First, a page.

Defining Drama for myself -
Pakistan Press Foundation

Defining Drama for myself

By Saleha Aziz

The literal definition of drama is staging the interplay of fictional characters with thematic relevance. Taking the definition a step further, we can say that drama is also a platform provider that mirrors the society we reside in and the issues and ideas that suffuse through it. An expanse of wooden tiles swept to the last spot bordering a peninsula-like stage, dressed in curtains of satin or lace, pinned neatly from the top with ravenous lights, hunting down the hearts of the show- the characters, ornamented with scrupulous detail, all contributing towards the struggle to perform ‘a great show.’

Drama — for some, the term can almost immediately take them back to an antique anglicised Shakespearian set or a gaudy settee featuring Rama and Sita, but for me it is a phenomenon which parallels the understanding of the meaning and structure of life. Having partaken in my school’s Annual Play just recently, the idea or conception of a performance being almost belittling changed to one of great value and respect. Being my first ever play, it was a matter of great honour to have been allotted the lead role; it was this event that was going to promote my title from being an ‘inexperienced’ actor to one in which the prefix of the term is removed. Starting off from ascribing it as much value as only an additional credit on my school profile, I witnessed an unravelling of depth and progression which helped in realizing that the idea of a performance is not one that is merely confined to stages and bright lights. In fact it is universal and applicable to all. It is based on the idea of a ‘role play’, an idea effectively practised by all within the circumference or ‘stage’ of their own life.

“No matter what happens, do not come out of your character, whether somebody falls, breaks a limb, faints, or even throws up, you will maintain your roles and do what is required of you,” my director Madiha Gul ended her elaborate pep talk.

She had directed the play with great detail, the passion of a dreamer, and somehow managed to instil her flare in her cast also. Minutes before the curtain call she asked us to close our eyes and meditate for five minutes, pondering over the purpose of our role in the play, and the journey we had made from the first day to the last. “The show must go on.” It really has to, doesn’t it? Moving out of the ambit of theatre, the fact is that as an active actor in society our roles have already been outlined for us by our directors and co-performers. The discharge of that role is in our own hands, and no matter what the outcome or level of delivery may be, the role-play will go on.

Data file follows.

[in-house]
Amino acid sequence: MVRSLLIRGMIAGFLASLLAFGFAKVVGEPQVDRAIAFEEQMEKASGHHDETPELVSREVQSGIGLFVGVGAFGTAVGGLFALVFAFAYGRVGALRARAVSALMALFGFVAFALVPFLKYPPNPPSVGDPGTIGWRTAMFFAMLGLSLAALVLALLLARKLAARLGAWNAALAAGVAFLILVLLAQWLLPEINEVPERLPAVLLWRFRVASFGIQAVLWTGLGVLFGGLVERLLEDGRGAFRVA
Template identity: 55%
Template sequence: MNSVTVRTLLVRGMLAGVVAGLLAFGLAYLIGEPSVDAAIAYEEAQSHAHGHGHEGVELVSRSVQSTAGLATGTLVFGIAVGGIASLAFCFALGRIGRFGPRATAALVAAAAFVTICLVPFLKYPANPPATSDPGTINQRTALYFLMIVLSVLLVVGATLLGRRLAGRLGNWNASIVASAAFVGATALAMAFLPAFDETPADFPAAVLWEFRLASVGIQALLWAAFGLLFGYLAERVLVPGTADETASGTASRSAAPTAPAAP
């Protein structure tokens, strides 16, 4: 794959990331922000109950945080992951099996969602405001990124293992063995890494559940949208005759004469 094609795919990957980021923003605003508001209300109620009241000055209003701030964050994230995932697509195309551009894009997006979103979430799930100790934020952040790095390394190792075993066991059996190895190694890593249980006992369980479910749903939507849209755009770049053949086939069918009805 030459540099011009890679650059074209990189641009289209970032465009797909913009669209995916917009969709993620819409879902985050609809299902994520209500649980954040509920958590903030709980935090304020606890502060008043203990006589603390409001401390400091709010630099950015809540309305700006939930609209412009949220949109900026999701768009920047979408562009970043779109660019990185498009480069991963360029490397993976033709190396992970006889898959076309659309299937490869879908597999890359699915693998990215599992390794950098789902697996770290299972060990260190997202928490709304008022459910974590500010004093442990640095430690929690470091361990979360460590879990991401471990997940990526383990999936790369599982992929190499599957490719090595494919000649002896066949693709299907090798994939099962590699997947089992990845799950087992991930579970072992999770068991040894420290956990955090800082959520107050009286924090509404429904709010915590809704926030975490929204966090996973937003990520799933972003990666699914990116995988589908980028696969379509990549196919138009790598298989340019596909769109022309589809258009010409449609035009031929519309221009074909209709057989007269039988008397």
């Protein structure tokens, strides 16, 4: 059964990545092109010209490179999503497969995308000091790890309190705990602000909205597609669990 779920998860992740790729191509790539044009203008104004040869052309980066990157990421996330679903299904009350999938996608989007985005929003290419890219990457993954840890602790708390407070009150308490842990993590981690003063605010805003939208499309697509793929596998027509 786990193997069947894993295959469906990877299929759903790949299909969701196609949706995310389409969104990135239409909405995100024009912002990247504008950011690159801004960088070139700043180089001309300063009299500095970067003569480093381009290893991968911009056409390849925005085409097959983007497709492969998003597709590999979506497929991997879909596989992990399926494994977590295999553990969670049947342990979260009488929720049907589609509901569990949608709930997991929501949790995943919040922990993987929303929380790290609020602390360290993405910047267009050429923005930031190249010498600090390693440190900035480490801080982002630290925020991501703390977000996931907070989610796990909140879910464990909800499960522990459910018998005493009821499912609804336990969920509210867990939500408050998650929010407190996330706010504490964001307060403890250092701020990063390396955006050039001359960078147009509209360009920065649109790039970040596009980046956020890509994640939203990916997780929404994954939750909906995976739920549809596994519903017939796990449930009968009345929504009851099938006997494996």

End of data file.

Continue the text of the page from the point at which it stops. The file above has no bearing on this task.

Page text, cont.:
Enlarging the idea, one realises how the crux of the society is akin to that of theatre. Blasts, genocide, natural disasters, communal violence, whatever issues may arise, the show must go on. Whether a cricket team’s captain fails to organise the team or the prime minister is unable to purge the political system from corruption, the match will continue and the government will carry on with its governance.

Blame it on indifference, or the consumptive characteristic of time and fate but the fact of the matter is that the world order offers no room for pauses or wait. The audience will continue to carefully scrutinise the ‘actors’ on stage, and the “music will play, lights will fade, Pally and Wally will play their kazoos, Bezano will gallop around the ring, and Madam Xena will try to make the red lions love her” (an extract from my dialogue as He from He Who Gets Slapped).

The recognition of talent reduces to that one moment of stage play which every actor is given fairly. In that moment of noticing, one can either make the greatest impact on the audience or pave way for disgrace. “You are doing this for the applause, for that one night where the audience will gorge in claps and appreciation and shout out only your name, so work for that, struggle for that,” exclaimed my director.

All of us work endlessly to carve our niche in society, to obtain if not eternal, then at least a moment of glory which adds meaning to tireless efforts. All one needs is to comprehend the rules with clarity and the rules are simple — one that directs well and delivers well, is the one that reserves all the praise and wins.

Jang


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